• If the first egg does not break when dropped from the 50th floor, you know the highest floor you can drop from without it breaking is between the 51st and 100th floors. Use the second egg to test each floor individually, starting from the 51st floor, until you find the highest floor from which the egg does not break.This method ensures that you find the highest floor with the fewest number of drops.


8. The Prisoners and the Light Bulb Puzzle:

There are 100 prisoners in solitary cells, each with a light bulb that is either on or off. The prisoners cannot communicate with each other, but they can see each other's cells. One day, the warden decides to play a game. He offers the prisoners a chance to go free if they can determine the status of their own light bulb. The prisoners are allowed to consult with their cellmates before making a guess, but if any prisoner guesses incorrectly, they will all remain in prison forever. How can the prisoners devise a strategy to ensure that at least one of them guesses correctly and they all go free?


Answer: The prisoners can devise a strategy as follows:

  • Designate one prisoner as the counter.

  • The counter will keep track of the number of times they see a light bulb on.

  • Each prisoner will assume that their light bulb is off and act accordingly.

  • If a prisoner sees an odd number of light bulbs on, they will turn their own light bulb on. Otherwise, they will keep it off.

  • After a certain number of days, the counter will know if their light bulb is on or off based on the total count of light bulbs they have seen on.

  • On the final day, when the warden asks for their answer, the counter will guess based on the status of their own light bulb.

  • At least one prisoner will guess correctly and they will all go free.


9. The Bridge and the Flashlight Puzzle:

You and three friends are trapped on one side of a bridge that will collapse in 17 minutes. The bridge is too dark to cross without a flashlight, and you only have one flashlight. Each person takes a different amount of time to cross the bridge: 1 minute, 2 minutes, 5 minutes, and 10 minutes. When two people cross the bridge together, they must move at the slower person's pace. How can you all cross the bridge in 17 minutes or less?


Answer: To cross the bridge in 17 minutes or less, follow these steps:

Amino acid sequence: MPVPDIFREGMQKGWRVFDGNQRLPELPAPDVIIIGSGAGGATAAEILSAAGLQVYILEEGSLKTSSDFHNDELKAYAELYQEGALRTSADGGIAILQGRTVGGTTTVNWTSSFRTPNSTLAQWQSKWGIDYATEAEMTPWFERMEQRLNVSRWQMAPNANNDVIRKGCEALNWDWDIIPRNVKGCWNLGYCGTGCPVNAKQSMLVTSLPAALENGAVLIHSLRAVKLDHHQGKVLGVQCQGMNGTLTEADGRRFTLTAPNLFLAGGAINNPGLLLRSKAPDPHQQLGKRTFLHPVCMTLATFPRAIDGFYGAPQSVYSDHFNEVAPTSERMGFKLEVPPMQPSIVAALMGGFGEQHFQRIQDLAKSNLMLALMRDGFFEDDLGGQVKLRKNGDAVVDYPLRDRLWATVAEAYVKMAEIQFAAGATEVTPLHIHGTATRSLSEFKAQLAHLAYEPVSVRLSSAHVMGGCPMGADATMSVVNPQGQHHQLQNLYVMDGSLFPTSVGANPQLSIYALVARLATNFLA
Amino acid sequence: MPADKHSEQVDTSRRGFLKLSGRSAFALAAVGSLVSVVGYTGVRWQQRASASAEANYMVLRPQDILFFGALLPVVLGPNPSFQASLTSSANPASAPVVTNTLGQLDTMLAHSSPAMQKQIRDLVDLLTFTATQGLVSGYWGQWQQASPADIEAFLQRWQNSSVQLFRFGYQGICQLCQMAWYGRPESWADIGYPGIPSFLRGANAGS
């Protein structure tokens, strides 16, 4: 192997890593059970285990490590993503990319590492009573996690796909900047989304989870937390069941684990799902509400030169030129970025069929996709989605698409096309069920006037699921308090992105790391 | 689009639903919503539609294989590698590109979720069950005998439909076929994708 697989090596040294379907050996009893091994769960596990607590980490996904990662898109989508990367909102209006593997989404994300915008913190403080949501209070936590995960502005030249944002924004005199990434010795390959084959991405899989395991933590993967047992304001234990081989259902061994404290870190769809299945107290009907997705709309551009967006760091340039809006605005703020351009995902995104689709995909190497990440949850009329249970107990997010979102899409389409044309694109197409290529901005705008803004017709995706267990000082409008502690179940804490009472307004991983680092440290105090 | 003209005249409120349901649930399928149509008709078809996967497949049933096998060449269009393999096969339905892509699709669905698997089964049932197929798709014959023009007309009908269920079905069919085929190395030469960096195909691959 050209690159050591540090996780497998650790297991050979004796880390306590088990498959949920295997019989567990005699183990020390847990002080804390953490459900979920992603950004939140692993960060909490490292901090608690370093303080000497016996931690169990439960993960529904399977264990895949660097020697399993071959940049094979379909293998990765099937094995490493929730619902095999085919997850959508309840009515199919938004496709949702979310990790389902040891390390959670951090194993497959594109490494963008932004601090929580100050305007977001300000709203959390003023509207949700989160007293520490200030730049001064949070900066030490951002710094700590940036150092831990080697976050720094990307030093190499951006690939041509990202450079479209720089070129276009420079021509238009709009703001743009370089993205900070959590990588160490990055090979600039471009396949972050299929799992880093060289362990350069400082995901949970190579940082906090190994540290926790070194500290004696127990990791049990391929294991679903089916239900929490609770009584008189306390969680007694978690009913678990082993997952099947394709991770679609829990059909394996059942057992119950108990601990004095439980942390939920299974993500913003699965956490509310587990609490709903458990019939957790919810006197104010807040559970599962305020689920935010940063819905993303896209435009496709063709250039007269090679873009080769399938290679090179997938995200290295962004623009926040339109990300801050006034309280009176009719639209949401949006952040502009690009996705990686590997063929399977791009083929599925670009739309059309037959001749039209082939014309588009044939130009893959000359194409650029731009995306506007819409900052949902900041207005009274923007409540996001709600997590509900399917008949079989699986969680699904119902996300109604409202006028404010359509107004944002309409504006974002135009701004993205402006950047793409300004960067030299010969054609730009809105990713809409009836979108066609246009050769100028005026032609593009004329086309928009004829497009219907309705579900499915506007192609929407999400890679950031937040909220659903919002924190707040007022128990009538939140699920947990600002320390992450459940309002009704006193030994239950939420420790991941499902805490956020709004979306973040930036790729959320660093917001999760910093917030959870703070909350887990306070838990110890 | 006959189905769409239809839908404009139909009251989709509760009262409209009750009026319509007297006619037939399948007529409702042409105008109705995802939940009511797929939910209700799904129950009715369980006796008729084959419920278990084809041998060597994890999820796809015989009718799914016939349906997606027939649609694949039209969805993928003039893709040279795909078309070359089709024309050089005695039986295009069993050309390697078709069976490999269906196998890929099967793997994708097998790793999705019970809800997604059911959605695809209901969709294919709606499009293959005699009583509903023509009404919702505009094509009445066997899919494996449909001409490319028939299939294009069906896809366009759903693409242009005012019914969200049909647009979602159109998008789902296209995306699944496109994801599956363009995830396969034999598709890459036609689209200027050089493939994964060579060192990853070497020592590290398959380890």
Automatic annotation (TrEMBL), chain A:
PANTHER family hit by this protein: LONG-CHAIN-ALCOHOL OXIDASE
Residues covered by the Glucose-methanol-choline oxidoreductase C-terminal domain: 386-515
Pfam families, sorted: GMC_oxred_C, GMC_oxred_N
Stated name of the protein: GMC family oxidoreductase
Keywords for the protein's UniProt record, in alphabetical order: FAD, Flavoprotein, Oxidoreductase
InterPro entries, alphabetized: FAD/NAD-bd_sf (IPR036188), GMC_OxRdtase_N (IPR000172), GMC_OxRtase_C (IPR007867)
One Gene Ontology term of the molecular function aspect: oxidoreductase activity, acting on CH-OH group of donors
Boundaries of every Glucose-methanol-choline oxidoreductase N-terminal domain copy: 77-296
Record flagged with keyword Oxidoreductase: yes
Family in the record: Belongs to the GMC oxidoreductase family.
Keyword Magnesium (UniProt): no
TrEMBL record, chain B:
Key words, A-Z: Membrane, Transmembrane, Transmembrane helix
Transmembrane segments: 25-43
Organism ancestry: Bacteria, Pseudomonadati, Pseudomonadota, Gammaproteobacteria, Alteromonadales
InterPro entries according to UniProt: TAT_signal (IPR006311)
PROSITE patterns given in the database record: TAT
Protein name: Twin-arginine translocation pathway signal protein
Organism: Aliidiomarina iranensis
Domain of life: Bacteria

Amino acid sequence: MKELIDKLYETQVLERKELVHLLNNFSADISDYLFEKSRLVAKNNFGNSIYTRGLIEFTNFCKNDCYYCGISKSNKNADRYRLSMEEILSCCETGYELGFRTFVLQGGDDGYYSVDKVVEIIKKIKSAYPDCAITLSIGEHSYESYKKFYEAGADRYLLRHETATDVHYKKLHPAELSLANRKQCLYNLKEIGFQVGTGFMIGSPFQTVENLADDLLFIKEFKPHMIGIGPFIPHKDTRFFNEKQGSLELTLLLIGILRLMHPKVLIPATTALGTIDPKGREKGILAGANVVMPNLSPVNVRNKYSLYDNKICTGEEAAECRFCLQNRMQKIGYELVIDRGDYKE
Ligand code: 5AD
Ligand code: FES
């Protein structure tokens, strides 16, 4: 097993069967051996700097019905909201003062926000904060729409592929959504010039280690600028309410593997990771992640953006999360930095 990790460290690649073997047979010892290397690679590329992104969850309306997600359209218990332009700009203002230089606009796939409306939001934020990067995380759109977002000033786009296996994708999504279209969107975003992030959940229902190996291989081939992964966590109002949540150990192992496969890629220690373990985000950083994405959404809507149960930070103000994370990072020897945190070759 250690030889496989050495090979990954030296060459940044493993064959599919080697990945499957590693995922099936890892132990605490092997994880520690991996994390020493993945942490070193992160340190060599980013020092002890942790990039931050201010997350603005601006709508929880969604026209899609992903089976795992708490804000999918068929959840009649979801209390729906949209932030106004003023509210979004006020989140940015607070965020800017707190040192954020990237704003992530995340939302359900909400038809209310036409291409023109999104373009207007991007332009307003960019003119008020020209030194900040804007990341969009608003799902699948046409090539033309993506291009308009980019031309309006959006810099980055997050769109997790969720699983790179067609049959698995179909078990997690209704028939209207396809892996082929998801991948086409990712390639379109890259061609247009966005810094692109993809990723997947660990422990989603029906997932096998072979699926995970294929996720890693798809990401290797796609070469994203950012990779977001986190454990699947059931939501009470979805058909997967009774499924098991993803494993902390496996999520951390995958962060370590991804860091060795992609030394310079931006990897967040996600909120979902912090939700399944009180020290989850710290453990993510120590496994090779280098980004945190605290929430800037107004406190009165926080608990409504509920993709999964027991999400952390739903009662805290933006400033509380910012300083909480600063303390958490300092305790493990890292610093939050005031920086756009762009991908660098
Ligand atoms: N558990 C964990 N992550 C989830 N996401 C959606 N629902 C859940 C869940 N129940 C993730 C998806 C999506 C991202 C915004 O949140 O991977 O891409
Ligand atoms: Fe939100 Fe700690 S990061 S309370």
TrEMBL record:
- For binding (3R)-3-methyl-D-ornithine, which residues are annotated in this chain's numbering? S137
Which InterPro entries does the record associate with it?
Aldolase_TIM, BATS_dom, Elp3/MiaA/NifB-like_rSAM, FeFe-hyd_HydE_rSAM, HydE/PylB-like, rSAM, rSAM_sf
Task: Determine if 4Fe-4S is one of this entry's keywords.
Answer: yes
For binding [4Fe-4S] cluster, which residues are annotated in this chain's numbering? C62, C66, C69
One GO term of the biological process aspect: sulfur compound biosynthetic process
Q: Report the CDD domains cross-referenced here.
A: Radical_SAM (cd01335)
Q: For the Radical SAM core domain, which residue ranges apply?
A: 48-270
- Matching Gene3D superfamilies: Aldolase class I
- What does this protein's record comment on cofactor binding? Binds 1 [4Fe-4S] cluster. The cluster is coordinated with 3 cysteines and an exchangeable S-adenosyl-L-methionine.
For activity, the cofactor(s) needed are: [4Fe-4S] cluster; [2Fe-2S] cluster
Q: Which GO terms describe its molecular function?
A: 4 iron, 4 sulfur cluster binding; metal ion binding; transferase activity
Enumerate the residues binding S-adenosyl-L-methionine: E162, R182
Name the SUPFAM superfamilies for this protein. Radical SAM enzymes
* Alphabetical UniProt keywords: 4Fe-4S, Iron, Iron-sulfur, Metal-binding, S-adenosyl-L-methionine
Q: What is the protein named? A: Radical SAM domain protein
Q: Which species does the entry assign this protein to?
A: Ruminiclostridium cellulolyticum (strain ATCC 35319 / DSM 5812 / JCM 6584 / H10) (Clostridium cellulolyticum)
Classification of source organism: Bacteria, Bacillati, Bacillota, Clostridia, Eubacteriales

• The two fastest people (1 minute and 2 minutes) cross the bridge together, taking 2 minutes.

  • The fastest person (1 minute) takes the flashlight and goes back to the starting point, taking 1 minute.

  • The two slowest people (5 minutes and 10 minutes) cross the bridge together, taking 10 minutes.

  • The second fastest person (2 minutes) takes the flashlight and goes back to the starting point, taking 2 minutes.

  • Finally, the two fastest people (1 minute and 2 minutes) cross the bridge together one last time, taking 2 minutes.

In total, it takes 2 + 1 + 10 + 2 + 2 = 17 minutes for all four people to cross the bridge.


10. The Weighing Coins Puzzle:

You have 12 identical coins, but one of them is either heavier or lighter than the others. You have a balance scale that can only be used three times. How can you determine which coin is different and whether it is heavier or lighter?


Answer: To determine which coin is different and whether it is heavier or lighter, follow these steps:

  • Divide the 12 coins into three groups of four.

  • Weigh two of the groups against each other on the balance scale.

  • If the two groups weigh the same, the different coin is in the third group of coins. Proceed to step 4.

  • If one of the groups is heavier, the different coin is in that group. Proceed to step 3.

  • Take the group of four coins that is different and weigh two of the coins against each other on the balance scale.

  • If one of the coins is heavier, that coin is the different one and it is heavier. Proceed to step 5.

  • If the two coins weigh the same, the different coin is one of the remaining two coins in the group. Proceed to step 6.

  • Take the remaining two coins and weigh them against each other on the balance scale.

  • The coin that is heavier is the different one and it is heavier.

  • If the two coins weigh the same, the different coin is the one that was not weighed.

By following these steps, you can determine which coin is different and whether it is heavier or lighter using the balance scale three times.


These are just a few examples of the analytical puzzles you may encounter in investment banking interviews. Remember to approach these questions with a logical and systematic mindset, breaking down the problem into smaller steps and considering all possibilities. Practice solving these puzzles to sharpen your analytical thinking skills and increase your chances of success in your next investment banking interview.






Common mistakes to avoid when solving investment banking interview puzzles

When solving investment banking interview puzzles, it's important to avoid certain common mistakes that can hinder success. Here are some mistakes to avoid:

  • Jumping to conclusions without fully understanding the puzzle: It's crucial to read and analyze the puzzle carefully before attempting to solve it. Jumping to conclusions too quickly can lead to incorrect answers.

  • Ignoring important information: Puzzles often contain crucial information that can help guide the solution. Ignoring or overlooking this information can result in incorrect or incomplete solutions.

  • Overcomplicating the problem: Sometimes, the simplest solution is the correct one. Overcomplicating the problem by introducing unnecessary complexity can make it harder to find the right answer.

  • Not managing time effectively: Time management is key during investment banking interviews. Spending too much time on a single puzzle can leave less time for other questions, potentially impacting overall performance.